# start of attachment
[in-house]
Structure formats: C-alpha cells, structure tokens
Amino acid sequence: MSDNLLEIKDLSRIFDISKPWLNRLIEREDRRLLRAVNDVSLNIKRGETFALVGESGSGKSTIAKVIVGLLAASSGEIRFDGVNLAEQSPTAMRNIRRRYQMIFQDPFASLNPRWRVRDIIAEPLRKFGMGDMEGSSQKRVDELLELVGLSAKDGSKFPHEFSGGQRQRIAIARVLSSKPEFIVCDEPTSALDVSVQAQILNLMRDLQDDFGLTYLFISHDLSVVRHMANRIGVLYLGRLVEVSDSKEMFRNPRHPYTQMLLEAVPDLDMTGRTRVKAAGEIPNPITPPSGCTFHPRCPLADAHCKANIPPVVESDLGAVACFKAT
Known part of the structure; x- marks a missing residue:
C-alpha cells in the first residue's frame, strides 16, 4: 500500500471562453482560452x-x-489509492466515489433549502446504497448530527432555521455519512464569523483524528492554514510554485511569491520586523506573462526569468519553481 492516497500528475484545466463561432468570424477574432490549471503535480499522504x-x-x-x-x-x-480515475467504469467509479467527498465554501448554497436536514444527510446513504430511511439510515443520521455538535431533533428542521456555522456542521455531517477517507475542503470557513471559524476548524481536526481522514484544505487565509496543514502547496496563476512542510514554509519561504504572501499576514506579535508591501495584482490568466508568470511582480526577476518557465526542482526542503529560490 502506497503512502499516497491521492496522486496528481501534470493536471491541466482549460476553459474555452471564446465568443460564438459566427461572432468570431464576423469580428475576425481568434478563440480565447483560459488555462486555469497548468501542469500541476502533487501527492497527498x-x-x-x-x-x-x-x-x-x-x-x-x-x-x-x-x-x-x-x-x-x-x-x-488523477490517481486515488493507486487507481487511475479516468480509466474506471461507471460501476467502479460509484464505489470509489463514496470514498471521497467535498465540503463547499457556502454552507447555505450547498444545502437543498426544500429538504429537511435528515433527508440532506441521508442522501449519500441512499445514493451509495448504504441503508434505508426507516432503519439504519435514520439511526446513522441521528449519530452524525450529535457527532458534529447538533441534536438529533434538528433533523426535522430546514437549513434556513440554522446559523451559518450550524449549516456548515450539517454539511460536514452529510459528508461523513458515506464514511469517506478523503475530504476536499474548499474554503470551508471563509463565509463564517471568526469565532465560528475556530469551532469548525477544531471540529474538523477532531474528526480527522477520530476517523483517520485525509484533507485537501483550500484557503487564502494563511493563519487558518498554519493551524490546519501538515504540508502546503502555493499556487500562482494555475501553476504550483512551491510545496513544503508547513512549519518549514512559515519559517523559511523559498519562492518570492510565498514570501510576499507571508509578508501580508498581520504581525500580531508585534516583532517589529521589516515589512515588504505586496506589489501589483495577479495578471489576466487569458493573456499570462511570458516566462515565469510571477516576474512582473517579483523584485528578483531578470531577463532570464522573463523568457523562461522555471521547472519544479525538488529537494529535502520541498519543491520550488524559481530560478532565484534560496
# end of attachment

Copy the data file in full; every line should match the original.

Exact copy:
[in-house]
Structure formats: C-alpha cells, structure tokens
Amino acid sequence: MSDNLLEIKDLSRIFDISKPWLNRLIEREDRRLLRAVNDVSLNIKRGETFALVGESGSGKSTIAKVIVGLLAASSGEIRFDGVNLAEQSPTAMRNIRRRYQMIFQDPFASLNPRWRVRDIIAEPLRKFGMGDMEGSSQKRVDELLELVGLSAKDGSKFPHEFSGGQRQRIAIARVLSSKPEFIVCDEPTSALDVSVQAQILNLMRDLQDDFGLTYLFISHDLSVVRHMANRIGVLYLGRLVEVSDSKEMFRNPRHPYTQMLLEAVPDLDMTGRTRVKAAGEIPNPITPPSGCTFHPRCPLADAHCKANIPPVVESDLGAVACFKAT
Known part of the structure; x- marks a missing residue:
C-alpha cells in the first residue's frame, strides 16, 4: 500500500471562453482560452x-x-489509492466515489433549502446504497448530527432555521455519512464569523483524528492554514510554485511569491520586523506573462526569468519553481 492516497500528475484545466463561432468570424477574432490549471503535480499522504x-x-x-x-x-x-480515475467504469467509479467527498465554501448554497436536514444527510446513504430511511439510515443520521455538535431533533428542521456555522456542521455531517477517507475542503470557513471559524476548524481536526481522514484544505487565509496543514502547496496563476512542510514554509519561504504572501499576514506579535508591501495584482490568466508568470511582480526577476518557465526542482526542503529560490 502506497503512502499516497491521492496522486496528481501534470493536471491541466482549460476553459474555452471564446465568443460564438459566427461572432468570431464576423469580428475576425481568434478563440480565447483560459488555462486555469497548468501542469500541476502533487501527492497527498x-x-x-x-x-x-x-x-x-x-x-x-x-x-x-x-x-x-x-x-x-x-x-x-488523477490517481486515488493507486487507481487511475479516468480509466474506471461507471460501476467502479460509484464505489470509489463514496470514498471521497467535498465540503463547499457556502454552507447555505450547498444545502437543498426544500429538504429537511435528515433527508440532506441521508442522501449519500441512499445514493451509495448504504441503508434505508426507516432503519439504519435514520439511526446513522441521528449519530452524525450529535457527532458534529447538533441534536438529533434538528433533523426535522430546514437549513434556513440554522446559523451559518450550524449549516456548515450539517454539511460536514452529510459528508461523513458515506464514511469517506478523503475530504476536499474548499474554503470551508471563509463565509463564517471568526469565532465560528475556530469551532469548525477544531471540529474538523477532531474528526480527522477520530476517523483517520485525509484533507485537501483550500484557503487564502494563511493563519487558518498554519493551524490546519501538515504540508502546503502555493499556487500562482494555475501553476504550483512551491510545496513544503508547513512549519518549514512559515519559517523559511523559498519562492518570492510565498514570501510576499507571508509578508501580508498581520504581525500580531508585534516583532517589529521589516515589512515588504505586496506589489501589483495577479495578471489576466487569458493573456499570462511570458516566462515565469510571477516576474512582473517579483523584485528578483531578470531577463532570464522573463523568457523562461522555471521547472519544479525538488529537494529535502520541498519543491520550488524559481530560478532565484534560496